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Graffiti Vandalism Numbers on track to be lowest since 2009

October 15, 2014
For more information contact:

Carlene Balcomb-Bartok,
Graffiti Abatement Coordinator, 425-430-7362
Preeti Shridhar, Deputy Public Affairs Administrator, 425-430-6569

Public outreach, citizen volunteers and quick cleanup help reduce graffiti in Renton

RENTON: Graffiti vandalism in Renton has reached the lowest numbers in five years, according to recent statistics released by the city’s Graffiti Abatement Program. Since the city established the Graffiti Abatement Program in 2008 to address the growing threat of vandalism occurring throughout the city, graffiti vandalism has reached an all-time low throughout Renton.

GraffitiRepairThe reduction in graffiti tags represent a 54% reduction over 2013 numbers and a 70% reduction from the first year records were kept back in 2009. The second lowest numbers of graffiti tags was in 2011, attributed to a significant number of graffiti tagger arrests made that year.

Over the past five years the city has tried a number of efforts to reduce vandalism, including offering graffiti removal kits, a $300 reward for the apprehension and arrest of graffiti vandals, and an on-going active public outreach and education campaign.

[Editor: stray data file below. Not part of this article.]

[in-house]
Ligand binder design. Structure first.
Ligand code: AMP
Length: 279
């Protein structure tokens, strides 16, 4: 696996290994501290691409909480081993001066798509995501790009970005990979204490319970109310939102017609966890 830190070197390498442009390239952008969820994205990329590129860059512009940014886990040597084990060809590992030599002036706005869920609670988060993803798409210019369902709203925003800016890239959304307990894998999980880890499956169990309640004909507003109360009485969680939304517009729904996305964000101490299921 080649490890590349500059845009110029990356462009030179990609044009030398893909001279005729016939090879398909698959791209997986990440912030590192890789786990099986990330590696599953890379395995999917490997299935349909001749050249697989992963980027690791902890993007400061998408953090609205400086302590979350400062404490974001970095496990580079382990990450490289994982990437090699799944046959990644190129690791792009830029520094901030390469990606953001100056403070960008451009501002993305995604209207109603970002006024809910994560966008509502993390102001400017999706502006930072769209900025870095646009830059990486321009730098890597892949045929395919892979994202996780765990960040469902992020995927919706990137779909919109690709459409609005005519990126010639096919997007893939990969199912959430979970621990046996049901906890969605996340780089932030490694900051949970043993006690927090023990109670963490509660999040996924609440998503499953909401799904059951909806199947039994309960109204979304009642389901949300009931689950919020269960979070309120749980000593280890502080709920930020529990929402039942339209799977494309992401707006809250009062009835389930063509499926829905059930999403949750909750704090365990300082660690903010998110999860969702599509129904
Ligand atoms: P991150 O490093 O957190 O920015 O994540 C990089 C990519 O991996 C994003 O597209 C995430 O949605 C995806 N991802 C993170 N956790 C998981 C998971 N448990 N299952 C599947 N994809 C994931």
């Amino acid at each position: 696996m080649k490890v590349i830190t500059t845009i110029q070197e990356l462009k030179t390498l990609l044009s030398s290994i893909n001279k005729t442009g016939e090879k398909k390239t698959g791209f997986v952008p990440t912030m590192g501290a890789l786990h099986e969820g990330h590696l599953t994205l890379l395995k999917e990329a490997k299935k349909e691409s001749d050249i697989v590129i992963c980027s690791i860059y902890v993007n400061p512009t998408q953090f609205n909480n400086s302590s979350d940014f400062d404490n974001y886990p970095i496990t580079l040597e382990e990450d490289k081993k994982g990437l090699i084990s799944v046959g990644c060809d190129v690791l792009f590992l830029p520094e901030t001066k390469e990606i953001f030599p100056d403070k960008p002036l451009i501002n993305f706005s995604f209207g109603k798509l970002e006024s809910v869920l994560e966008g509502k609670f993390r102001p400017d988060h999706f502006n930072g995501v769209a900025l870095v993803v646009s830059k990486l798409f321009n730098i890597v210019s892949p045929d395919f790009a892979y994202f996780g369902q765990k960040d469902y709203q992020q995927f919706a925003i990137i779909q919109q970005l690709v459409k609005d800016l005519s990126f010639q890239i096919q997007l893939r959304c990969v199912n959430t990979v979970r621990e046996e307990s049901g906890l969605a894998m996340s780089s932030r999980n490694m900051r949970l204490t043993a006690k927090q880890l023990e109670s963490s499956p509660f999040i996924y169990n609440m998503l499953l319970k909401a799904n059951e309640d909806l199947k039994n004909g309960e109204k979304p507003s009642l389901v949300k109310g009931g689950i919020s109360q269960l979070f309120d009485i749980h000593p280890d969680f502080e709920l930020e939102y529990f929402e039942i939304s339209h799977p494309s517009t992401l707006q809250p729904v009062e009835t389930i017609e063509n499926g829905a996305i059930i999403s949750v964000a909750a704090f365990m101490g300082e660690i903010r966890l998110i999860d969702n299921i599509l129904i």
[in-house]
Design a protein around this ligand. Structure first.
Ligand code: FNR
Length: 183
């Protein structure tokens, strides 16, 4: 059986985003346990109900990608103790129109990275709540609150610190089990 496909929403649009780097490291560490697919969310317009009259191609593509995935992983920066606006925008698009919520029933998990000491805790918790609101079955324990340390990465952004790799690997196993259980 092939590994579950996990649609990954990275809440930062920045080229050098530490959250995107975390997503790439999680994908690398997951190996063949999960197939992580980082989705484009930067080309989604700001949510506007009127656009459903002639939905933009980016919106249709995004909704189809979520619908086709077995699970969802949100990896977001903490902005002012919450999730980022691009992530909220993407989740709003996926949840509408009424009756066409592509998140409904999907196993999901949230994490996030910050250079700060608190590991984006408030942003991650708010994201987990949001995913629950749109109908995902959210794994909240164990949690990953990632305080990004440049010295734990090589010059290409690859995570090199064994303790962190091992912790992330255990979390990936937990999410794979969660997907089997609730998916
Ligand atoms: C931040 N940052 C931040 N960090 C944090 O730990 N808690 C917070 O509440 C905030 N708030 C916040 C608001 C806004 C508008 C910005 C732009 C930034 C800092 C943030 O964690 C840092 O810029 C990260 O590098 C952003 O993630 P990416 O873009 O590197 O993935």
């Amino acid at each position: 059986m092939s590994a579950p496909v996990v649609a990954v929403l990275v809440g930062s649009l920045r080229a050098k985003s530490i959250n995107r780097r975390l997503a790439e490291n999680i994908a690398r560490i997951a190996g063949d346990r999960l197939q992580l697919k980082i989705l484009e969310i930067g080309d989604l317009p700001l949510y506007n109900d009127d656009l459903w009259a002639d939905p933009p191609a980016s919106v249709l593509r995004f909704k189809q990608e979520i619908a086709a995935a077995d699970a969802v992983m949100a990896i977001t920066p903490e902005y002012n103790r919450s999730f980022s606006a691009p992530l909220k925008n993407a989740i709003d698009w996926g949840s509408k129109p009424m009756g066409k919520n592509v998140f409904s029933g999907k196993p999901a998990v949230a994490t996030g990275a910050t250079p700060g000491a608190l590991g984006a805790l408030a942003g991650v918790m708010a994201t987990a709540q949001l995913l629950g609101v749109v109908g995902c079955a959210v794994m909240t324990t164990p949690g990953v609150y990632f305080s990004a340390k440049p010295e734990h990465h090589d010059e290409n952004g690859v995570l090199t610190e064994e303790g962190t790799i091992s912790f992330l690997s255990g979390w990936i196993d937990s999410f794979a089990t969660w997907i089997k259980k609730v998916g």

“I am delighted to see the results of our efforts and a reduction in graffiti in our city,” said Mayor Denis Law. “By removing graffiti quickly, working with our volunteers and community to report taggers, and a comprehensive public outreach campaign, Renton is establishing an effective citywide approach to fight graffiti vandalism in all neighborhoods.”

This past year the city has been working closely with the Cascade Neighborhood to help them resolve their vandalism problem. The neighborhood was able to get a grant through the city to help pay for the cost of paint and anti-graffiti sealant. In one particularly hard-hit area of the Cascade neighborhood a fence was painted and sealed, making clean up quick and easy. In addition, dedicated volunteers in the neighborhood checked the fence every morning, and if graffiti was present immediately responded and removed it. After a few tags and fast clean up by volunteers the fences have stayed clean and graffiti-free for the past eight months.

“I am extremely pleased with the cooperative efforts of city staff and dedicated members of our community that have stepped up to help make this city a more livable community,” said Mayor Law. “It really goes to show how important teamwork and public-private partnerships are to effectively dealing with important community issues.”